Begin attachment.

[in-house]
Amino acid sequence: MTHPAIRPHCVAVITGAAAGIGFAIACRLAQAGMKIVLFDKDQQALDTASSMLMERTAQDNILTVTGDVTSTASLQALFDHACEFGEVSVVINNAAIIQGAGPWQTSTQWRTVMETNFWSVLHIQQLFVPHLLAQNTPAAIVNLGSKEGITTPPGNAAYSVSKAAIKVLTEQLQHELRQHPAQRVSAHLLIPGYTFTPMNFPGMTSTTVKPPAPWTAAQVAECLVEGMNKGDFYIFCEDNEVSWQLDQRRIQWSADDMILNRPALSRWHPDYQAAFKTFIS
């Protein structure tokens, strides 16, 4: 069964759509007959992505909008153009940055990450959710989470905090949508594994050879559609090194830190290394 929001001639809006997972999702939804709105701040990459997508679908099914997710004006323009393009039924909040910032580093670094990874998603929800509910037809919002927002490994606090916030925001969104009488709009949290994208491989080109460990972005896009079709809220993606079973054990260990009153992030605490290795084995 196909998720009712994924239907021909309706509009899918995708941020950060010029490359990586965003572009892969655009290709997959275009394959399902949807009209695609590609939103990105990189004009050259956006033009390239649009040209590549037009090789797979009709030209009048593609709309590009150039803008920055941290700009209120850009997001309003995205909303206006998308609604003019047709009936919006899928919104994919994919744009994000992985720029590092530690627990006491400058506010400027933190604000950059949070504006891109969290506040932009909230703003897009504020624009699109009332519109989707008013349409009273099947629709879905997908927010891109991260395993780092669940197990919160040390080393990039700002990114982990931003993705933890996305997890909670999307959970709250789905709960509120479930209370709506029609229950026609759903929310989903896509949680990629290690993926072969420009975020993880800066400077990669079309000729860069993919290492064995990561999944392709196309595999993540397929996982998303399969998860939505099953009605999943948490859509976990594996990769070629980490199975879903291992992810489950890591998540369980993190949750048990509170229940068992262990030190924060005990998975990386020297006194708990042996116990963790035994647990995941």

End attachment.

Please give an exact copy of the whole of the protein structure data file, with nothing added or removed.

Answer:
[in-house]
Amino acid sequence: MTHPAIRPHCVAVITGAAAGIGFAIACRLAQAGMKIVLFDKDQQALDTASSMLMERTAQDNILTVTGDVTSTASLQALFDHACEFGEVSVVINNAAIIQGAGPWQTSTQWRTVMETNFWSVLHIQQLFVPHLLAQNTPAAIVNLGSKEGITTPPGNAAYSVSKAAIKVLTEQLQHELRQHPAQRVSAHLLIPGYTFTPMNFPGMTSTTVKPPAPWTAAQVAECLVEGMNKGDFYIFCEDNEVSWQLDQRRIQWSADDMILNRPALSRWHPDYQAAFKTFIS
């Protein structure tokens, strides 16, 4: 069964759509007959992505909008153009940055990450959710989470905090949508594994050879559609090194830190290394 929001001639809006997972999702939804709105701040990459997508679908099914997710004006323009393009039924909040910032580093670094990874998603929800509910037809919002927002490994606090916030925001969104009488709009949290994208491989080109460990972005896009079709809220993606079973054990260990009153992030605490290795084995 196909998720009712994924239907021909309706509009899918995708941020950060010029490359990586965003572009892969655009290709997959275009394959399902949807009209695609590609939103990105990189004009050259956006033009390239649009040209590549037009090789797979009709030209009048593609709309590009150039803008920055941290700009209120850009997001309003995205909303206006998308609604003019047709009936919006899928919104994919994919744009994000992985720029590092530690627990006491400058506010400027933190604000950059949070504006891109969290506040932009909230703003897009504020624009699109009332519109989707008013349409009273099947629709879905997908927010891109991260395993780092669940197990919160040390080393990039700002990114982990931003993705933890996305997890909670999307959970709250789905709960509120479930209370709506029609229950026609759903929310989903896509949680990629290690993926072969420009975020993880800066400077990669079309000729860069993919290492064995990561999944392709196309595999993540397929996982998303399969998860939505099953009605999943948490859509976990594996990769070629980490199975879903291992992810489950890591998540369980993190949750048990509170229940068992262990030190924060005990998975990386020297006194708990042996116990963790035994647990995941």